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Here are a few questions you might want answers for.

The period, June-July, is pretty much a very busy period for us at Come Study International. It is the season where process many visa applications. It is also a period where many high school students finish writing their final exams and start thinking of what’s next. The best time to plan is when you know you want to study abroad. Planning involves getting the necessary information about the process, potential study destinations and schools, cost, and deadlines.

There are numerous schools across the continent and for us at Come Study International, we work with quite a number of universities and institutions in the UK, USA, Canada, Australia, Germany, Dubai, Mauritius, Russia, and more. The good thing about working with professionals like us is that we are able to map what you are looking for to the right institution, and also help you narrow down your search so that you don’t stress yourself unnecessarily. We will be able to actually help you narrow down your search so you can find something that is suitable to fit your purpose.

The various entry points when it comes to studying abroad. You could be a junior high student who is looking to pursue a senior high programme, we have a lot of high schools abroad and a lot boarding schools, so this is possible. You could also be a high school graduate who’s looking to pursue an undergraduate degree, that is also possible. If you have a degree and you would want a second degree which is a master’s programme or another undergraduate degree, it is also possible. So, do you really need a degree to study abroad? No, you don’t. But it depends on what you have and what you are looking for and we would help you to navigate that.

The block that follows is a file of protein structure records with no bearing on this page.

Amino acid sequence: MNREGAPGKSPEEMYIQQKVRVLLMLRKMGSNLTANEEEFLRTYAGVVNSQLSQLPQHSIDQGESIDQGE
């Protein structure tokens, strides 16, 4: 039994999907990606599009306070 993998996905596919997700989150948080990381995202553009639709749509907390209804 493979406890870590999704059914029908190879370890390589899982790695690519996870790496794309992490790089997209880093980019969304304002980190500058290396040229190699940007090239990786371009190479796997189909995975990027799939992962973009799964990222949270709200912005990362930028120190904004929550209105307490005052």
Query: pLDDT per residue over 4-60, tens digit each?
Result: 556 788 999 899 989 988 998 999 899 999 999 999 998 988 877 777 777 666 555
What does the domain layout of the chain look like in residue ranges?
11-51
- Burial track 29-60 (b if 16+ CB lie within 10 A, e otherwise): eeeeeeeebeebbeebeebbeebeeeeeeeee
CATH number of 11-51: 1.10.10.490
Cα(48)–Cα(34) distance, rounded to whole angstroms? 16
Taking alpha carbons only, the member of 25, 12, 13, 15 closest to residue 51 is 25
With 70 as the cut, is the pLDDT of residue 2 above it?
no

Having a visa rejection should never be the reason why you cease to pursue your study abroad dreams. It depends on why your visa was rejected. If you didn’t meet the general requirement, it is something we can actually work on. However, if your rejection was based on the fact that you provided fraudulent documents or information, then, of course, your chances are very slim. These days with the universities we partner and work with, it is also a requirement that we do not only declare why your visa was refused, but we actually need to back it by evidence, documents, and so make sure you come as clean as possible right from the get-go.

Some countries actually have some posted work permit where you can actually apply for a work visa to remain in that country for about a year or two to work and gain some level of experience before leaving the country. There are some students who also after graduating decide to move out. Now remember you are not just coming down as the same person who leaves the country but you are coming with certain skill sets, a certain level of experience and exposure that is going to make you a high flyer on the market.

No, it doesn’t work like that. Remember that even before you arrive on campus, you ought to have proven to both your institution and embassy that you have the source of funding to support your programme. Besides, the main aim or the purpose of you travelling abroad to go and study – not to work. Plus, the type of work you will get to do is usually campus-based and it’s usually work that will only help you generate some money to pay for your bus passes or to buy lunches. Even if you have a work visa that allows you some level of work, it is restricted and you’ll need to ensure that you abide by the restriction.

When you are studying abroad, culture shocks are inevitable especially if it is a place, you have never been before. So, I mean, one thing that I would say is that keep an open mind. Yes, the weather can shock your system, things can test your faith and religion, the food, the culture, the people. The whole idea of studying abroad is so that, you can experience different people and different cultures and help you grow and be a better version of yourself.

Once the child is eighteen years old, they are an adult, and in some countries, there are privacy laws that protect information including their academic information. The university is therefore not obliged to release information about a child or student’s academic records and financial certain information to parents. The entire study abroad journey is a partnership. It is therefore crucial that parents and students maintain a healthy transparency, sharing your grades with your parents or talking about your academic difficulty is a good thing to do as your parents will be in a position to give you the needed support so that at the end of the day, they can celebrate your success.